Kristine Rose-Beers ACR, Senior Conservator

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Miniature Masterpiece: Repair Work Revealed

Earlier this year 144 fifteenth-century medieval miniatures from one of the Chester Beatty’s most treasured works, The Coëtivy Hours (CBL W 082), were re-mounted by the conservation team in preparation for the temporary exhibition, Miniature Masterpiece: The Coëtivy Hours (9th March – 2nd September 2018).

In general, the miniatures were in good condition and did not require any treatment prior to re-mounting, but one particular miniature, CBL W 082 f.295, required rather more care and attention.

An unsympathetic historic repair along the spine edge of the folio had caused the parchment to deteriorate and it was decided that conservation treatment would be beneficial, in order to improve the physical and chemical stability of the folio before it was mounted. For more information on the mounting process do take a look at our previous blog post here.

Fig 1

CBL W 082 f.295 before conservation.

Fig 2

CBL W 082 f.295 in transmitted light.

Four distinct areas of damage were visible along the spine edge of folio 295. It is likely that the losses may have occurred when the folio was removed from its binding, and could possibly correspond with the sewing stations of this previous structure.  Unfortunately, when the damaged areas were repaired, the infill paper that was used was thicker, more yellow and several shades lighter than the original parchment, immediately detracting from the delicate illumination. When viewing the folio in transmitted light, it could be seen that the repair paper overlapped the parchment on both the recto and verso by 1-5mm. This overlap was not only visually displeasing, but also increased the risk of tensions occurring if the folio were to expand and contract in response to changes in relative humidity. In addition, the parchment along the repair edge had darkened and become embrittled, possibly due to aging of the adhesive with which the repair was applied.

For these reasons, it was decided that the historic repair and any residual adhesive should be removed, in order to prevent any further deterioration of the parchment support. Since parchment is very sensitive to moisture, mechanical removal of the repair was attempted in the first instance, but this was not successful. Instead, a small damp brush was used to introduce just enough moisture to swell the adhesive so that the repairs and adhesive could be carefully removed with a small dental tool.

Fig 3

Removing the historic repairs from CBL W 082 f.295.

Fig 4

CBL W 082 f.259 after the historic repairs had been removed.

As often occurs during conservation treatments, there was a stage where the object looked a lot worse than before the treatment began! As well as revealing the true extent of loss to the spine edge, removing the old repair revealed two small tears in the parchment. These were repaired on the verso of the folio using RK2 remoistenable tissue, prepared using isinglass (a proteinaceous adhesive derived from the swim bladder of sturgeon fish). Isinglass was chosen for its excellent ageing properties as well as its strong adhesion at low concentrations. It is also a collagen-based material, just like parchment. The prepared remoistenable tissue was cut to the desired shape and peeled off its Melinex backing. Then the repair paper was carefully positioned over the tear, activated with a damp brush and left to dry under a small weight. When dry, the two tear repairs were trimmed down and the folio was ready to be infilled.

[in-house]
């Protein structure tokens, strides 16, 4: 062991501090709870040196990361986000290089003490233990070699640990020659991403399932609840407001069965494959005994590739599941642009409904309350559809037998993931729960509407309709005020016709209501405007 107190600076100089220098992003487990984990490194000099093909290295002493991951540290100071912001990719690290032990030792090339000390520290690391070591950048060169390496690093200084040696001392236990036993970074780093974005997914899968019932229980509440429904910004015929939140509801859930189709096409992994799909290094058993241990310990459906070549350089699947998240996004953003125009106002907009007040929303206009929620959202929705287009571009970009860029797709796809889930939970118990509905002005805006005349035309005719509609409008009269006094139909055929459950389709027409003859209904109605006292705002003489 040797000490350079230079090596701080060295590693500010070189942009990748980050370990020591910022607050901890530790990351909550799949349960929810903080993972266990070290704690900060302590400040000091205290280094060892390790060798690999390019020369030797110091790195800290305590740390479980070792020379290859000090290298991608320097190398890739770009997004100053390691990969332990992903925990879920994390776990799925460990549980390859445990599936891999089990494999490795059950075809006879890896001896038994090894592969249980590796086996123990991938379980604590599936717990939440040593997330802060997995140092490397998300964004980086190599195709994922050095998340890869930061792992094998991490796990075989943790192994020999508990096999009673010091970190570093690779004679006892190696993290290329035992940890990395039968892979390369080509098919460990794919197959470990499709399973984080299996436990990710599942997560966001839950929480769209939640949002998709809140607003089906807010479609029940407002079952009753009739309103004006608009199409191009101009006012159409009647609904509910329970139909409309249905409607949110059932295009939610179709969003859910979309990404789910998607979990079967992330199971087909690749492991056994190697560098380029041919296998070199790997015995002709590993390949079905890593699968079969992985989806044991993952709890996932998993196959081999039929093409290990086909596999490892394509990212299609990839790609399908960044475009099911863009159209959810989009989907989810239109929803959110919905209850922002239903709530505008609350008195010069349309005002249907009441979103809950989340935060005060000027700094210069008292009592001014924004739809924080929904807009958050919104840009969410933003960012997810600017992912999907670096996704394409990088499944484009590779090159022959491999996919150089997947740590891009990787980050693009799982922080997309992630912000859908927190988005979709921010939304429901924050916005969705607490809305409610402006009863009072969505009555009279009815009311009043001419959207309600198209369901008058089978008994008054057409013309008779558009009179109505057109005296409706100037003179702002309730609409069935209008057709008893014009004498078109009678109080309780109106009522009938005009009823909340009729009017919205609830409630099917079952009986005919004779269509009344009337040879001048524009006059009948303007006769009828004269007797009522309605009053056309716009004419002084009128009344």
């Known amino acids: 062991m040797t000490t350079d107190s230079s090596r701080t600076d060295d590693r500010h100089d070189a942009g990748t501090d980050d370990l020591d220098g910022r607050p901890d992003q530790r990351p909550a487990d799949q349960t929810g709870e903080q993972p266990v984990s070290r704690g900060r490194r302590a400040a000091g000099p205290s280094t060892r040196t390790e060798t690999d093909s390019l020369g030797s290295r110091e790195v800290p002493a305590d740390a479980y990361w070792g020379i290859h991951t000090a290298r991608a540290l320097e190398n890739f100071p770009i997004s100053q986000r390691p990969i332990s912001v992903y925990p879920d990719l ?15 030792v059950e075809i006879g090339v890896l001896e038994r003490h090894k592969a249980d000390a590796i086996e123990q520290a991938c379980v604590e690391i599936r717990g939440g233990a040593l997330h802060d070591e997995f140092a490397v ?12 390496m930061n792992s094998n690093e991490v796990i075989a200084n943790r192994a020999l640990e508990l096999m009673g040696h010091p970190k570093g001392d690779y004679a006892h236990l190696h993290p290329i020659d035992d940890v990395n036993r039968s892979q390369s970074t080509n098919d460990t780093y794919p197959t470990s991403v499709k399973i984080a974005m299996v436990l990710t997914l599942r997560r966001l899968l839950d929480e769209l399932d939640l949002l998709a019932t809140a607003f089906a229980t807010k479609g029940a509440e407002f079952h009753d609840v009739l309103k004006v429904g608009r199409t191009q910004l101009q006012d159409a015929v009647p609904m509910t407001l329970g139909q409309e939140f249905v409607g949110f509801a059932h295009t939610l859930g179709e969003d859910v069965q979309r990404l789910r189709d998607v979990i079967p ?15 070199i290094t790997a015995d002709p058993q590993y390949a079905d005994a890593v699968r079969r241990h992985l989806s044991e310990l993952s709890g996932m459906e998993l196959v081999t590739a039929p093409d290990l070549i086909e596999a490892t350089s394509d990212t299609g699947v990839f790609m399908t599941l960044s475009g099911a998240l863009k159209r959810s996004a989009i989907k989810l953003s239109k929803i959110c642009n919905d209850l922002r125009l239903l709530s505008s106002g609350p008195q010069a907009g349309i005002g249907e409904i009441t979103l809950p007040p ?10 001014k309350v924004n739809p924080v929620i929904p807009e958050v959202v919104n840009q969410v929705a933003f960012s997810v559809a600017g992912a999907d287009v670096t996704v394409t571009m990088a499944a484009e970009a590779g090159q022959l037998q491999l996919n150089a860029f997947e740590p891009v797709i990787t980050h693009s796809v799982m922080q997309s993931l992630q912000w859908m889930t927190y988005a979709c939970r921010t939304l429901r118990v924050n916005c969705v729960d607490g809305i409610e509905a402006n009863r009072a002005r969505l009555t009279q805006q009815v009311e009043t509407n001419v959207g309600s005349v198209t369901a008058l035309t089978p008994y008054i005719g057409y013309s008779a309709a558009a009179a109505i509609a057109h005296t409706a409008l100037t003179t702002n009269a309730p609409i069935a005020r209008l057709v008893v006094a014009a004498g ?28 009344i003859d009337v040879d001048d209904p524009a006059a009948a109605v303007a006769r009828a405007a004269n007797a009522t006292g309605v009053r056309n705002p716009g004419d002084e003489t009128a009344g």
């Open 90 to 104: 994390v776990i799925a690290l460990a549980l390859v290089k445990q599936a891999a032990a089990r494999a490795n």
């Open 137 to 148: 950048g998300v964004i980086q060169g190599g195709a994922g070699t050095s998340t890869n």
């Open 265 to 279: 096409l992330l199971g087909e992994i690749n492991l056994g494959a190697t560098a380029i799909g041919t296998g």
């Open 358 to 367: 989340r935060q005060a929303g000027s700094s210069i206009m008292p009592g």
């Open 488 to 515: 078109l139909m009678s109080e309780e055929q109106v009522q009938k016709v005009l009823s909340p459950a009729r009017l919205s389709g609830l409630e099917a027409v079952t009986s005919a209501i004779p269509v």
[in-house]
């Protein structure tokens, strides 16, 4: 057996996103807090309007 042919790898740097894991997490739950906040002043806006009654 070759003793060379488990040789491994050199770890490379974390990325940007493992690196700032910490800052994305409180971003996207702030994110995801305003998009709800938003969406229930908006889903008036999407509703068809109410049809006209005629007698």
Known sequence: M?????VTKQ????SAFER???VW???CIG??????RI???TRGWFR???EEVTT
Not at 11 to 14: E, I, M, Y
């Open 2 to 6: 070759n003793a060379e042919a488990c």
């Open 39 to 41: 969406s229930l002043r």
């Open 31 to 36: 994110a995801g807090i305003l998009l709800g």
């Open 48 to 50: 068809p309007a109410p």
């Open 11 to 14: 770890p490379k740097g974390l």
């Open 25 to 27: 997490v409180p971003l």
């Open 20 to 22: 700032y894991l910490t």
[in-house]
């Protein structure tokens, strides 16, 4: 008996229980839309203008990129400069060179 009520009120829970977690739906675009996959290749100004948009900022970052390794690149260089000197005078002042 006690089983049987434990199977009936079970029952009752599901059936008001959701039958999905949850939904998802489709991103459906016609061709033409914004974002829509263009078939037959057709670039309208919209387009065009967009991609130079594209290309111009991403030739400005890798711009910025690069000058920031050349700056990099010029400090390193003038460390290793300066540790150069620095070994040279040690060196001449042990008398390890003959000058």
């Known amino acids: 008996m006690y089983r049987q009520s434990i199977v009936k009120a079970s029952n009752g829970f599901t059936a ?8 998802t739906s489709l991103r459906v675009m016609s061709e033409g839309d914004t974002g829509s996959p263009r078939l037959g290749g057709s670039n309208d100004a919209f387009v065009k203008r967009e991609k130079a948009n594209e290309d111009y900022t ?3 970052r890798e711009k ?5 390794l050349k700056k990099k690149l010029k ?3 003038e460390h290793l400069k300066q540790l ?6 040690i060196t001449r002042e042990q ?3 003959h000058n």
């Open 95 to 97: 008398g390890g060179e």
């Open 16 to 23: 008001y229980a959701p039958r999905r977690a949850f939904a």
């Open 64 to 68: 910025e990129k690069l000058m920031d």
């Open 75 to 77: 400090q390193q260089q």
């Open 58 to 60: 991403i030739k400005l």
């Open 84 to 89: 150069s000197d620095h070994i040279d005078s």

Fig 5

Details showing the torn areas on CBL W 082 f.295 before (left) and after (right) repairing with remoistenable tissue.

The paper chosen for the infills was a Japanese sekishu paper (20 gsm), dyed with yasha (click here for more information on how this was prepared). The paper was thinner and lighter than the parchment, to ensure that it would work in harmony with the folio and avoid incurring any tensions between the two materials.

Fig 6

Tools used for infilling.

Fig 7

Infilling losses using sekishu paper.

The folio was placed over a light box and a layer of Melinex was used as a barrier between the folio and the repair paper above. This allowed the shape of the first damaged area to be traced onto the repair paper with a water pen. A bamboo spatula was used to score along the same line and to tease away the remaining paper, revealing a feathered edge. Next, the edge of each infill was trimmed down with scissors and pasted with wheat starch paste. Over the light box, each infill was carefully positioned (with a 1mm overlap between the repair and the folio) and left to dry under light pressure. After treatment, the folio was mounted in the same way as the other miniatures and is currently on display in the Miniature Masterpiece: The Coëtivy Hours exhibition.

Fig 8

CBL W 082 f.295 after treatment.

As an intern, this small project was a fantastic opportunity to learn more about parchment conservation. Discussing treatment options with the conservation team here at the Chester Beatty Library was an invaluable experience and I look forward to applying what I have learnt to new parchment projects in the future.

Alice Derham, Conservation Intern

A lavishly illustrated catalogue by exhibition curator Dr Jill Unkel (Curator of the Western Collection), with contributions from Dr Laura Cleaver (Ussher Lecturer in Medieval Art at Trinity College Dublin), and our own Kristine Rose-Beers (Senior Book Conservator), is available from the Library’s gift shop for anyone who wants to have an even closer look at the brilliance of this miniature masterpiece.

 

 

Miniature Masterpiece: The Coëtivy Hours